Bishop and ecclesiastical writer, date of birth uncertain; d., probably, between 458 and 460; was distinguished during the period when the Eastern Church was convulsed by the Monophysite struggles, and was necessarily obliged to take sides in all those controversies. Those of his writings which have come down to us, though somewhat too rhetorical and involved, prove clearly that he was a man of great literary ability.
He was appointed Bishop of Seleucia in Isauria, between the years 432 and 447, and was on of those who took part in the Synod of Constantinople, which was summoned (448) by the Patriarch Flavian for the condemnation of the Eutychian errors and the deposition of their great champion, Dioscurus of Alexandria. Curiously enough, though Basil seems to have agreed to these measures, he attended the Latrocinium, or Robber Synod, of Ephesus, held in the next year (440) and induced probably more by the threats and violence of the Monophysite party than by their arguments, he voted for the rehabilitation of Eutyches and for the deposition of the Patriarch of Constantinople, and was thus regarded for a time as a supporter of Monophysite opinions. Like the other prominent supporters of Dioscurus, he should have been removed from his see had he not in the meantime accepted the doctrine contained in the Dogmatic Epistle of Pope Leo to Flavian, and joined in the condemnation of Eutyches and Dioscurus. After this period he seems to have continued a zealous opponent of the Monophysite party, for we find that in the year 458 he joined with his fellow-bishops of Isauria, in an appeal to the Emperor Leo I, requesting him to use his influence in forwarding the Decrees of Chalcedon, and in securing the deposition of Timotheus Aelurus, who had intruded himself (457) into the Patriarchate of Alexandria. This is the last reference we find to Basil, and it is commonly supposed that he died shortly afterwards.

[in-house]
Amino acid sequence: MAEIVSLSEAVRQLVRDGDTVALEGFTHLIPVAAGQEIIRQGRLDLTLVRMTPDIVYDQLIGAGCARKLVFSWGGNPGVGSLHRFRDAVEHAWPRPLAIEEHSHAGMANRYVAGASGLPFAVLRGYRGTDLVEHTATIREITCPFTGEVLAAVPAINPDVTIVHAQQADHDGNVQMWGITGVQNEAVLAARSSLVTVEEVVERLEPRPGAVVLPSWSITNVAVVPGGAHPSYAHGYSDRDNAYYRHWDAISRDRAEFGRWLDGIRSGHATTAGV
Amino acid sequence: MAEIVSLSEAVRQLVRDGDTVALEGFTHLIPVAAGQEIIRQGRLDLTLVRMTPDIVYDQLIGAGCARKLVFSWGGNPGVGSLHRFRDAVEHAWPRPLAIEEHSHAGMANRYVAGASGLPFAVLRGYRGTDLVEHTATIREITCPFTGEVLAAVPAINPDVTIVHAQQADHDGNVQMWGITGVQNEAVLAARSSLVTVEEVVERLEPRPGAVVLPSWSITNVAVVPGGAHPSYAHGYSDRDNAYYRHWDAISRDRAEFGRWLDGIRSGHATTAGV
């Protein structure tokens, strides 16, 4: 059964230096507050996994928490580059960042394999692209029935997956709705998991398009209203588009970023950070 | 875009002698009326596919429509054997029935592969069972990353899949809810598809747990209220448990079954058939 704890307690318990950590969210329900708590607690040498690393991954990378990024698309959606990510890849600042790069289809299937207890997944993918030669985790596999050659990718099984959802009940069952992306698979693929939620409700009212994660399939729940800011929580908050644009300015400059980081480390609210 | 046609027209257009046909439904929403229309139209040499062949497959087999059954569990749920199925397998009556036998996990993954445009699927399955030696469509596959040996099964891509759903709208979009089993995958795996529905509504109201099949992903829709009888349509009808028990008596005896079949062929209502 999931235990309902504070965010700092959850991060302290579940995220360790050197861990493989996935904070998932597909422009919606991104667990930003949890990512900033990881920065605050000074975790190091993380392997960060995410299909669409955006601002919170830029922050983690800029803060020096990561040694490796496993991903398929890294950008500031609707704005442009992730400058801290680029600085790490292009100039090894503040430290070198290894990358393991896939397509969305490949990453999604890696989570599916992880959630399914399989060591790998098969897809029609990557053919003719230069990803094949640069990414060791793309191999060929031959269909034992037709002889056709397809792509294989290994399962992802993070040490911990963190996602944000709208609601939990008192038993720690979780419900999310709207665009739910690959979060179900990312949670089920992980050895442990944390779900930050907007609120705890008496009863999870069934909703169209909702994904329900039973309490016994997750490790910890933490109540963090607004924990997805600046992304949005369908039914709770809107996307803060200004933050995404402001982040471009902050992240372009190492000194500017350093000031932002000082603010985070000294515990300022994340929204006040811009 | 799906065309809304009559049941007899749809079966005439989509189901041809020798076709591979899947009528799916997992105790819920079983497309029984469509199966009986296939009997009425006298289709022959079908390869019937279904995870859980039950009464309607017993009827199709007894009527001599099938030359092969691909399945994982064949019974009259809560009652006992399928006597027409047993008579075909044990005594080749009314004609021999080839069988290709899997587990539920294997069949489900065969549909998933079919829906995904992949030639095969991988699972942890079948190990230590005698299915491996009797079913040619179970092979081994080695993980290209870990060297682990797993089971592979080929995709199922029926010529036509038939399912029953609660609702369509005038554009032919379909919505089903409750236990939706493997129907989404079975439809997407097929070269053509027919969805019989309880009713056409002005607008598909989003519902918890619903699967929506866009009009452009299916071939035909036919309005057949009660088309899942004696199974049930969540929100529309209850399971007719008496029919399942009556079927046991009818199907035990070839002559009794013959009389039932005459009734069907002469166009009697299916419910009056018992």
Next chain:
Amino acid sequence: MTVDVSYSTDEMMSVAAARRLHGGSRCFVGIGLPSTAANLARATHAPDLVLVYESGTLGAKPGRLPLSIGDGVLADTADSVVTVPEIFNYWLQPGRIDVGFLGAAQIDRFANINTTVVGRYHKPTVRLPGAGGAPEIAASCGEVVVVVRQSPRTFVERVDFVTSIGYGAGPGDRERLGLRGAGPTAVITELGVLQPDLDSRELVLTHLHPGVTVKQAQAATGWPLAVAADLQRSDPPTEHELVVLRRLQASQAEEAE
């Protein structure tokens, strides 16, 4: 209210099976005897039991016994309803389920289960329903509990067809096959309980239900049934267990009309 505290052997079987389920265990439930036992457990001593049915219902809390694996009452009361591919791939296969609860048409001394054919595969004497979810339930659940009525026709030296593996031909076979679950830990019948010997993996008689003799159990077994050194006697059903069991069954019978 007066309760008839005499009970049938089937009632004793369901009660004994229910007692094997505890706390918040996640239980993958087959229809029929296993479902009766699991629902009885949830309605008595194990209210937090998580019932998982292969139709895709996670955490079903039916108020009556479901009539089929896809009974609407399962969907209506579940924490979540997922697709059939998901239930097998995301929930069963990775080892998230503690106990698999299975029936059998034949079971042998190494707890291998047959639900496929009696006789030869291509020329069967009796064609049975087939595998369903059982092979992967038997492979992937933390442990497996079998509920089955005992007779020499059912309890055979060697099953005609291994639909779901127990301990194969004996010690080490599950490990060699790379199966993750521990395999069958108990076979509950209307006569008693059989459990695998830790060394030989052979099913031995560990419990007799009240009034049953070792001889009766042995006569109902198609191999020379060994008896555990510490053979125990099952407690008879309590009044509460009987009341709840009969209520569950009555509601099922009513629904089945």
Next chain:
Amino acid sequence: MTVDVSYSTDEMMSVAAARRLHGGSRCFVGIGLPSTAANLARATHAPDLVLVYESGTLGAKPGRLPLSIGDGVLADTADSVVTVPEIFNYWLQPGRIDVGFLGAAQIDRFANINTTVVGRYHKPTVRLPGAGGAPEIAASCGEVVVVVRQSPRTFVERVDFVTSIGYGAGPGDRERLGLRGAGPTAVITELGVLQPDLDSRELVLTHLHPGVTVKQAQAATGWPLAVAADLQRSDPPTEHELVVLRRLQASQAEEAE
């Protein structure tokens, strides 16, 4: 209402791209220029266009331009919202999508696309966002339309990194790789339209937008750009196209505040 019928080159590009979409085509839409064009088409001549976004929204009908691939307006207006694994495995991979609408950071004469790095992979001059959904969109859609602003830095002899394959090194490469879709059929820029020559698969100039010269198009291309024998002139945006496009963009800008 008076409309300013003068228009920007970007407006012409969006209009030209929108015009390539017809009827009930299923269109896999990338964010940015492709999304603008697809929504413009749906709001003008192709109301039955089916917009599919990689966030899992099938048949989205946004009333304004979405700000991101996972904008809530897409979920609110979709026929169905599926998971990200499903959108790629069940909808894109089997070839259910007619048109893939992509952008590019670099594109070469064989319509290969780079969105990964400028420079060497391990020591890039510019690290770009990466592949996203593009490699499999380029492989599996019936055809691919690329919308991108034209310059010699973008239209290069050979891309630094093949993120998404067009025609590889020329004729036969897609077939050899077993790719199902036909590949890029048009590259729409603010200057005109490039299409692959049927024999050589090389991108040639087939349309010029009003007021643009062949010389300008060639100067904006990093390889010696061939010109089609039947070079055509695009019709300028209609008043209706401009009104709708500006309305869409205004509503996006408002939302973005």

Forty-one sermons ( logoi ) on different portions of the Old Testament have come down to us under his name, and are found in Migne (P.G., LXXXV, 27-474), where is also his history of the protomartyr Thecla and of the miracles wrought at her grave (ibid., 477-618). Most of these sermons may be regarded as genuine, though some of them are now generally assigned to Nestorius. According to Photius, Basil also dealt in verse with the life and miracles of Thecla.
The Catholic Encyclopedia is the most comprehensive resource on Catholic teaching, history, and information ever gathered in all of human history. This easy-to-search online version was originally printed in fifteen hardcopy volumes.
Designed to present its readers with the full body of Catholic teaching, the Encyclopedia contains not only precise statements of what the Church has defined, but also an impartial record of different views of acknowledged authority on all disputed questions, national, political or factional. In the determination of the truth the most recent and acknowledged scientific methods are employed, and the results of the latest research in theology, philosophy, history, apologetics, archaeology, and other sciences are given careful consideration.
No one who is interested in human history, past and present, can ignore the Catholic Church, either as an institution which has been the central figure in the civilized world for nearly two thousand years, decisively affecting its destinies, religious, literary, scientific, social and political, or as an existing power whose influence and activity extend to every part of the globe. In the past century the Church has grown both extensively and intensively among English-speaking peoples. Their living interests demand that they should have the means of informing themselves about this vast institution, which, whether they are Catholics or not, affects their fortunes and their destiny.
Copyright © Catholic Encyclopedia. Robert Appleton Company New York, NY. Volume 1: 1907; Volume 2: 1907; Volume 3: 1908; Volume 4: 1908; Volume 5: 1909; Volume 6: 1909; Volume 7: 1910; Volume 8: 1910; Volume 9: 1910; Volume 10: 1911; Volume 11: - 1911; Volume 12: - 1911; Volume 13: - 1912; Volume 14: 1912; Volume 15: 1912
Catholic Online Catholic Encyclopedia Digital version Compiled and Copyright © Catholic Online